LiminalityRating: 4.25 stars
Buy Link:
Amazon | All Romance | Amazon UK
Length: Novel

Liminality is the second book in the Kingdom of Night series and is a direct continuation of the previous book, Pendulum. Reading this review will give away major plot points that were revealed in that first book. Please take that into consideration if you have not read that book and are interested in this series.

Remus Black was just looking forward to settling in at his new college and then he learns that he’s not even human. In fact, the mother he never knew is an unhinged vampire and his father is none other than Ulric, the alpha werewolf. This make Remus the hybrid foretold in legends. This also makes Remus the prime target for the Family, a group of undead hunters, and even if they can’t kill Remus yet, they will go after everyone he loves.

After learning that Remus was part vampire, his mate, Sebastian, turned on him, and Sebastian’s brother, Victor, was right there to take over. Since Remus had to shut down his werewolf side in order to save Victor’s life, he lost the emotional tie to his humanity. Remus is good with that as having little emotion after everything he had to do works just fine for him. But even though he loves Victor, lately he’s thinking of Sebastian once again. Since Remus himself is made up of two halves, it would only make sense for him to have two mates, one for his vampire self and one for his wolf self.

Caught between a battle foretold in legends, Remus finds himself at the epicenter of a raging storm. He also finds himself bound to and caught between two brothers who each hold a piece of his heart as well as his soul.

In its most basic form, this series can be narrowed down to the story of who Remus will choose as his mate, Sebastian or Victor. However, in order for Remus to decide that, there is a long, epic journey for him to cross through first. I’m fairly captivated by Remus and his story. While the book involves vampires, werewolves, hunters, and a long told legend, it is predominantly a character-driven story and the politics and legends never overwhelm the book. There is little physical movement to the book as Remus is sequestered in the Lodge, but his own personal journey moves forward.

To further narrow down this book, Remus must marry the next alpha of the pack. While that tradition cannot be changed, Remus is given a say in who that next alpha will be. It will be either Sebastian or Victor and Remus must figure out which of the two is his true mate. Only the hybrid can stop the hunters and Remus cannot fully become the hybrid until he marries his mate. But Remus has a vampire half and a werewolf half and being marked by two potential mates doesn’t make this decision any easier.

For as much as is going on in this book, it’s not complicated to follow as the author gives out information in a natural manner that flows well. Remus is the true focal point of the book and the story is told solely through his POV. We only see what Remus sees and only hear what Remus hears and the pack keeps him fairly sheltered. While Remus does ask for more boundaries to be placed on him in some instances, I’m still waiting for him to truly come into his own. It also became infuriating on his behalf how much is kept from him. Remus is kept on lock down as he adjusts to his paranormal status and I would have liked to have seen someone helping him to adjust rather than the closely guarded status he is given. Sebastian and Victor play huge roles here as well and we are left to figure out their motives only through Remus. More from them would have pulled their actions into the larger picture of the story for me. There are so many things going on behind the scenes that Remus doesn’t see so we don’t get to see them either until a new plot point would be sprung upon us seemingly coming out of no where.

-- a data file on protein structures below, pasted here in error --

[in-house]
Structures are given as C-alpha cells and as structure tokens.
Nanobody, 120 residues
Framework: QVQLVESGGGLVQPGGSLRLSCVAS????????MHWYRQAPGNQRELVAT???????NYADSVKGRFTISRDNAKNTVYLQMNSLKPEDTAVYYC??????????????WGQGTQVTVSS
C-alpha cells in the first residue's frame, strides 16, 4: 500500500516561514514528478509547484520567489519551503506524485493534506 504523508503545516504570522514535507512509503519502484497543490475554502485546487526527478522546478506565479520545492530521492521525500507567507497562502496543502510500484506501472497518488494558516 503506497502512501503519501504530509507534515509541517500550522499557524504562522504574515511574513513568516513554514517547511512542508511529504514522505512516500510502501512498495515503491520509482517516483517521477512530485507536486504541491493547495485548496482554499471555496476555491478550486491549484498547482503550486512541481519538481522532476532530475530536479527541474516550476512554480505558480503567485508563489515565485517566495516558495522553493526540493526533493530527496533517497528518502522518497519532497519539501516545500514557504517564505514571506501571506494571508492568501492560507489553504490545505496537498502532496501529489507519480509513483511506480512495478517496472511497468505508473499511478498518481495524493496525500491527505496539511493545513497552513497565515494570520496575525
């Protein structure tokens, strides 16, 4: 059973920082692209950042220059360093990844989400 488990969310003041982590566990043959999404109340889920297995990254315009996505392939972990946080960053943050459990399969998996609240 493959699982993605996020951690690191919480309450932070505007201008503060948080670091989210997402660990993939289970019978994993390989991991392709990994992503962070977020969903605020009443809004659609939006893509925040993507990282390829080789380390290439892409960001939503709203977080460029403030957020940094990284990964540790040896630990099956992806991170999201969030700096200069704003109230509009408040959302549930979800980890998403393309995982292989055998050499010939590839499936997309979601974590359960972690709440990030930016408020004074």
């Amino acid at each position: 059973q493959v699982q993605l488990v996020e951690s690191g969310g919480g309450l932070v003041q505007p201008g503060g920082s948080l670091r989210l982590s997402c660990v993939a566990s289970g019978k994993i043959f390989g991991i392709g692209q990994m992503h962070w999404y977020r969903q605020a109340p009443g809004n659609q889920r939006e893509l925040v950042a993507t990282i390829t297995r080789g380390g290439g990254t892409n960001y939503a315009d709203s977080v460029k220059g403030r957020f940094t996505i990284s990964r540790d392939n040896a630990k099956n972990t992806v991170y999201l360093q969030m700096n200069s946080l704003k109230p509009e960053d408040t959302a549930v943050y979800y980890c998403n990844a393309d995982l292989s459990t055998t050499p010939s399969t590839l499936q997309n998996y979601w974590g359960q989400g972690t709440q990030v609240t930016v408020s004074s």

The BDSM aspects in this book are still muddled for me. On top of everything else going on, there are scenes of Remus and Victor in sessions in the dungeon. It’s stated these are to help Remus overcome his past trauma, but it’s the one area of this series that is not explained or handled properly from my viewpoint. It once again just feels added in, and this entire area could be taken out for me and it would still be a fascinating story. There were significant editing issues in the first book and while things are better here, a professional polishing still would only serve to have this book shine in the best of light.

While, I had a few issues with this book, there was more, much more, in this book that did work for me. It’s hard to rate as it’s not finished and it’s really one long saga broken down into parts. There were some unique moments here, which was refreshing to see and lots of small touches to make for a compelling story. This book offers so much story with two potential mates for Remus that put brother against brother, with rituals, legends, hunters, and let’s not forget about the moon. Now if you’ll excuse me as I start the third book to watch the conclusion all play out.


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